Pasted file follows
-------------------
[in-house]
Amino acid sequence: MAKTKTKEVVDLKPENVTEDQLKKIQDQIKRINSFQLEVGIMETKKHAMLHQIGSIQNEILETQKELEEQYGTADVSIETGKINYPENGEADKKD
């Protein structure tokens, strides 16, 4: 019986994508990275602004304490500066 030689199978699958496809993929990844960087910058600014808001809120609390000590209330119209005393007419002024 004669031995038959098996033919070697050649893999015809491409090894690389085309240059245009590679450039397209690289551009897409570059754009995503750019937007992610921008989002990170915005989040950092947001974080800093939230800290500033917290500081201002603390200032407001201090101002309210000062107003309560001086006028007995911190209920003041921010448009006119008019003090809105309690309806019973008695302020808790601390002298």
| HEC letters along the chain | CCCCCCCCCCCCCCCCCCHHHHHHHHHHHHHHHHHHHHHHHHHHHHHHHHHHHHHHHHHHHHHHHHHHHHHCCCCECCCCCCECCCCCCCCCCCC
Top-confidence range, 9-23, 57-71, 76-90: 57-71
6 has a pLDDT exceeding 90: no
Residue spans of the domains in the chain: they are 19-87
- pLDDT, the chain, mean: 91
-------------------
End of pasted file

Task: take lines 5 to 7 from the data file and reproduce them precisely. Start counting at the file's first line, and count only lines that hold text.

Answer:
Top-confidence range, 9-23, 57-71, 76-90: 57-71
6 has a pLDDT exceeding 90: no
Residue spans of the domains in the chain: they are 19-87